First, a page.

Israeli Pleads Guilty in Global Probe Into Multi-million Dark Net Site

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FILE PHOTO: A token of the virtual currency Bitcoin is seen placed on a monitor that displays binary digits in this illustration picture, December 8, 2017.
FILE PHOTO: A token of the virtual currency Bitcoin is seen placed on a monitor that displays binary digits in this illustration picture, December 8, 2017.Credit: REUTERS/Dado Ruvic/Illustration/File Photo

An Israeli national living in Brazil pleaded guilty for his role in a money laundering conspiracy through his ownership and management of the illicit website, which allowed internet users to access a wide range of contraband in dark net marketplaces, the U.S. Department on Justice said on Wednesday.

Tal Prihar, 37, co-owned DeepDotWeb (DDW) which served as a a portal to illegal online marketplaces in 2013, where they could access illegal firearms, hard drugs, malware and hacking tools, and stolen financial data, among other things.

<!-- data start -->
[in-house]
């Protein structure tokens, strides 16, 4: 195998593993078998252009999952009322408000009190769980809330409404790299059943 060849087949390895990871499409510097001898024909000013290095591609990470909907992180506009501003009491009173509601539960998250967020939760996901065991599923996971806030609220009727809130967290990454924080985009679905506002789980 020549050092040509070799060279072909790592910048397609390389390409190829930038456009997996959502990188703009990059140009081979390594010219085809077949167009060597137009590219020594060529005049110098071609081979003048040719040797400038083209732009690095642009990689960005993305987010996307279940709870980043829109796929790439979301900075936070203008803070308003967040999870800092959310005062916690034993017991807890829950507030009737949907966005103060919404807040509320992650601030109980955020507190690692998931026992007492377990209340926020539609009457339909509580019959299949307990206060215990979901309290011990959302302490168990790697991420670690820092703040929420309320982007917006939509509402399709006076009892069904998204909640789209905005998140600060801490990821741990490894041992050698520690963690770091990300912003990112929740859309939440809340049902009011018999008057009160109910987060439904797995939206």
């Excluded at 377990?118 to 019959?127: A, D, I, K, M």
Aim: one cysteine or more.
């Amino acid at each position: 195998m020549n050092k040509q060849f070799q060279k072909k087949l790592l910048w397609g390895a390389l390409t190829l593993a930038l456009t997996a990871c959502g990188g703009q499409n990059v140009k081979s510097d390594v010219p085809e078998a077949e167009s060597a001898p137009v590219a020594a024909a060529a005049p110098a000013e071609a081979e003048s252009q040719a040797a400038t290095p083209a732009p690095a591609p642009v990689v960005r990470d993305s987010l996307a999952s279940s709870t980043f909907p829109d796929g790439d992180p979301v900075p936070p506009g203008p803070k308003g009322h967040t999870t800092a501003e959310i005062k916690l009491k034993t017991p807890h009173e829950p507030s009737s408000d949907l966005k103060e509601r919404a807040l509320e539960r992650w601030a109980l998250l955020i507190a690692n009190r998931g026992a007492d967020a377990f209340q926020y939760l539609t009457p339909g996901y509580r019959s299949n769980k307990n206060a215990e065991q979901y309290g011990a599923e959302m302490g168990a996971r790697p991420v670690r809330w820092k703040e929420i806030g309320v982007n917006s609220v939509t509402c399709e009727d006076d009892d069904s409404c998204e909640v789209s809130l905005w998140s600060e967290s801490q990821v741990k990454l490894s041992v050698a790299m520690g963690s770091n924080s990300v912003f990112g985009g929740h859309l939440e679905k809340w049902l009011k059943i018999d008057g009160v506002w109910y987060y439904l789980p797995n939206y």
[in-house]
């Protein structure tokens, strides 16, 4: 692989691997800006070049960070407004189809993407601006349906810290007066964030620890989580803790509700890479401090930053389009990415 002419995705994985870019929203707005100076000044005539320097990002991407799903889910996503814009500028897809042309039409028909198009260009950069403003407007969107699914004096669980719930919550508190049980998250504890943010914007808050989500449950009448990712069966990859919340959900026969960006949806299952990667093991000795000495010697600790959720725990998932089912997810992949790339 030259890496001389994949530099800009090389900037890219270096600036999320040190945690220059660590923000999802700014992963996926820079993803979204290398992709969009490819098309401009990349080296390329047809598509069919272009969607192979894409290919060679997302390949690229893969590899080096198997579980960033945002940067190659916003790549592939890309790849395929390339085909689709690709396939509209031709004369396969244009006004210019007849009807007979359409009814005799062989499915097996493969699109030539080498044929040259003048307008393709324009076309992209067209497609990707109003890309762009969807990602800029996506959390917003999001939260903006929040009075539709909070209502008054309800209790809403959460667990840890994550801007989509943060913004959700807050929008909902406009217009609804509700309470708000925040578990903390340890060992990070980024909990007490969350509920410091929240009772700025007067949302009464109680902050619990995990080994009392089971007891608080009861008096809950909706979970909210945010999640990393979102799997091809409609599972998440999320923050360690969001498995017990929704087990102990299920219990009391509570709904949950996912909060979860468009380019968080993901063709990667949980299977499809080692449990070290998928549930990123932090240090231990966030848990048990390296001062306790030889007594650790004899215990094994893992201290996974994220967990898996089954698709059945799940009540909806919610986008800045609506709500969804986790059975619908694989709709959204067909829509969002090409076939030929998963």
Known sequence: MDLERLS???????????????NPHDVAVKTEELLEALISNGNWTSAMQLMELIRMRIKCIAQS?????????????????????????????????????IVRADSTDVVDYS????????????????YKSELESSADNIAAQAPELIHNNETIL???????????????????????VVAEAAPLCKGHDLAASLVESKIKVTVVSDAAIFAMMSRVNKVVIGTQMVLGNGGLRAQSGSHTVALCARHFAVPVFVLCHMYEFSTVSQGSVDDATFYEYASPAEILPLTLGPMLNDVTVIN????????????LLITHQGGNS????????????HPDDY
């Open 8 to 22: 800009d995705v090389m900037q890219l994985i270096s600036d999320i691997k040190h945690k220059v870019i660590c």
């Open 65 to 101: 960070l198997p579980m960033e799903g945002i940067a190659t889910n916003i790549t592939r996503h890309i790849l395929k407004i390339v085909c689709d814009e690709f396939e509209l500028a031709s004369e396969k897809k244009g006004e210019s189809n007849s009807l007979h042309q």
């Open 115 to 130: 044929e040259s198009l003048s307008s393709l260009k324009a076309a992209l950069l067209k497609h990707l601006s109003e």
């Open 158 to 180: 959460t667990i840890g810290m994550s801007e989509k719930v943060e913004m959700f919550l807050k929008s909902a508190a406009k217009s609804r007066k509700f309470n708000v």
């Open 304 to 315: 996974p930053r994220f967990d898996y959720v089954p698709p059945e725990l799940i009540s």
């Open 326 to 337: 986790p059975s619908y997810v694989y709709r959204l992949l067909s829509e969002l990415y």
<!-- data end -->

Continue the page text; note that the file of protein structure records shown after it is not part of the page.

The Department of Justice did not make reference to how the other defendant, 34-year-old Israeli Michael Phan, pleaded.

The two men earned 8,155 bitcoins in kickback payments, approximately $8.4 million dollars at the value of the cryptocurrency at the time of transaction, and concealed their steps through transferring the funds to other bitcoin wallets and bank accounts of shell companies. 

DDW was seized by U.S. authorities in 2019 and Prihar agreed to forfeit $8,414,173.

The Department of Justice explicitly thanked the Israeli Police, among other international law enforcement agencies, for their assistance in the case. 

Prihar pleaded guilty to conspiracy to commit money laundering and  is set to be sentenced on August 2. He faces a maximum penalty of 20 years in prison.

The FBI’s Pittsburgh Field Office is investigating the case.

In 2019, U.S. prosecutors filed money laundering charges against the two men.

Robert Johnson, an assistant director of the FBI, said DDW operated for years as a “key gateway to the criminal underbelly” of the so-called dark web, or Darknet, economy.

Scott Brady, the U.S. attorney in Pittsburgh, where the federal charges were filed, called the case the “single most significant law enforcement disruption of the Darknet to date.”

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